Sunday, March 24, 2019

Pregnancy

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I’m pregnant! Now what? So many questions: How do I know if I am pregnant? What should you do in early stages of pregnancy? What about trimesters? What precautions should I take during pregnancy?

I hear it all and so today as a midwife and as someone who wants to help soon to be mothers have a smooth ride, let’s get started!

The trimesters are defined as the set of stages a pregnant mother goes through in her 9 months of pregnancy. A normal pregnancy lasts around 40 weeks from the last normal period. In these 40 weeks, the expecting mother will go through 3 trimesters. Each trimester has its own specific symptoms and changes that the body experiences. In the following, we will examine each trimester and the most common things a mother should expect to experience:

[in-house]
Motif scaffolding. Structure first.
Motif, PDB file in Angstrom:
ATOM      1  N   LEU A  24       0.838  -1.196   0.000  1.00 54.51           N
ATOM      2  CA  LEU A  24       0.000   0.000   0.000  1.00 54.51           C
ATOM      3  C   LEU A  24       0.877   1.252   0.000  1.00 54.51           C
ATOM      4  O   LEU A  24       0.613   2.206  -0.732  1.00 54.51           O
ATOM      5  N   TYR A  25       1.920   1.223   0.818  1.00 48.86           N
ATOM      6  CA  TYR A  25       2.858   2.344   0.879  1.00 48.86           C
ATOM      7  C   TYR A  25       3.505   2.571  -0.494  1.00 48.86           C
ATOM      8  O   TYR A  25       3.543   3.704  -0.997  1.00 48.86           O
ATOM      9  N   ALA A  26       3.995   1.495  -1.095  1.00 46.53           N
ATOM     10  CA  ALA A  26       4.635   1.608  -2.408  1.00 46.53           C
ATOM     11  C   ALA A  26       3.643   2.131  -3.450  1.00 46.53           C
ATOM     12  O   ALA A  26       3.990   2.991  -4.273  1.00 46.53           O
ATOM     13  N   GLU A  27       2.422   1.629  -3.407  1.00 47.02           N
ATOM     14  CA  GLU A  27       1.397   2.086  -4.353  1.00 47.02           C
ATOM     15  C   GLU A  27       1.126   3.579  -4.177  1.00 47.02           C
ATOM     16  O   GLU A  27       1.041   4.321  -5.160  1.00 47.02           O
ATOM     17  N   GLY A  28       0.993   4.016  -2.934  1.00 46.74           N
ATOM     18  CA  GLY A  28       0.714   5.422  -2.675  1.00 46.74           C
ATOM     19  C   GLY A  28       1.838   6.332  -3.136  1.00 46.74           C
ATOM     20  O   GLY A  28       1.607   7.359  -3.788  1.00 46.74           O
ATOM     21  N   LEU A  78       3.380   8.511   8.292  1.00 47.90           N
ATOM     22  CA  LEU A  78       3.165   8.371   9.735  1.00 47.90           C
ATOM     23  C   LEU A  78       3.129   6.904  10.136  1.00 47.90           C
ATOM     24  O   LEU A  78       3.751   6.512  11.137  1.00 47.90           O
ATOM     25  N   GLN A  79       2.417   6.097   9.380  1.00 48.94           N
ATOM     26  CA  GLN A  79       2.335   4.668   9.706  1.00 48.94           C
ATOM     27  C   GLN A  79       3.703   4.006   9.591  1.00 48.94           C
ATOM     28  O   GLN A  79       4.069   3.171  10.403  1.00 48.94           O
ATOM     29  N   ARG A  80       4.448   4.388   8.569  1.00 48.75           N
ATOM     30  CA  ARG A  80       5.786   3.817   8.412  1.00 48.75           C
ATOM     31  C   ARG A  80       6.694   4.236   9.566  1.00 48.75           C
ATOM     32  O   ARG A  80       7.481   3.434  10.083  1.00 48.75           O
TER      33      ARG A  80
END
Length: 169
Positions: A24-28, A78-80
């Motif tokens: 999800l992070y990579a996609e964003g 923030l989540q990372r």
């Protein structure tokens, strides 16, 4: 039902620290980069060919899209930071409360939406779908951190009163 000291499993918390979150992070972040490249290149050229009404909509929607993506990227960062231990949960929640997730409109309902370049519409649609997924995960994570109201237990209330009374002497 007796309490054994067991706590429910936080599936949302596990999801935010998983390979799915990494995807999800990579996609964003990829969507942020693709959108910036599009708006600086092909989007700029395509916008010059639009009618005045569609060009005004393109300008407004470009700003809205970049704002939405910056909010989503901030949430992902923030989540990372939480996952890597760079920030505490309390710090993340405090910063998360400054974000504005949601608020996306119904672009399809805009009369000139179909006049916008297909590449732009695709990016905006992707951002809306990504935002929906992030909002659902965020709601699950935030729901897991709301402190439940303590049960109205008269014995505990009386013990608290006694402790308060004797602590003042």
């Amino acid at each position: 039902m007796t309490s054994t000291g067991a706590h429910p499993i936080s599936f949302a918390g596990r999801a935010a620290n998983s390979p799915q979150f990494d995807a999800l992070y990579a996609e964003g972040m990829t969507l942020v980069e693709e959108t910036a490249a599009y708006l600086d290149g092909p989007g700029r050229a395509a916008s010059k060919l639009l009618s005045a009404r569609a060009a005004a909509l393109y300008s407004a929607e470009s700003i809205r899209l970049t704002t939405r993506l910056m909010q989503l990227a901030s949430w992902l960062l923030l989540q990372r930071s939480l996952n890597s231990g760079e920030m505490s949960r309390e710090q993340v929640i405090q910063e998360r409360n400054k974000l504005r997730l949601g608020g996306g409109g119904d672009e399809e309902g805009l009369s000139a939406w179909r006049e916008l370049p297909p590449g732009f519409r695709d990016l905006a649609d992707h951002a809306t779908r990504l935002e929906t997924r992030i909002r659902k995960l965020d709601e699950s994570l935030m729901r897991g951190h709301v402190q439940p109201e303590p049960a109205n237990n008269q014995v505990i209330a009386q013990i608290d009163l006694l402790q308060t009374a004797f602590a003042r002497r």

First trimester

The first trimester starts with the first week of pregnancy and lasts until the 12th week. During this time, the mother’s body will undergo a lot of changes as it adapts to carrying and nurturing a baby. The most common symptoms and changes a pregnant mother could experience are:

  • Morning sickness
  • Mood swings
  • Tiredness
  • Swollen, tender breasts
  • Intense food cravings
  • Constipation
  • Weight fluctuation
  • Heartburn
  • Headaches

All of these symptoms occur mostly because of the hormonal changes in your body. The hormones will affect most of your organs, triggering changes and symptoms.

What to expect in your first month of Pregnancy

The first month of your new pregnancy marks the beginning of a very special journey for your body and your baby. It starts with the first week after your last menstrual period and ends with the fourth week. As part of the first trimester of labor, it marks only about 10% of the total time of the pregnancy.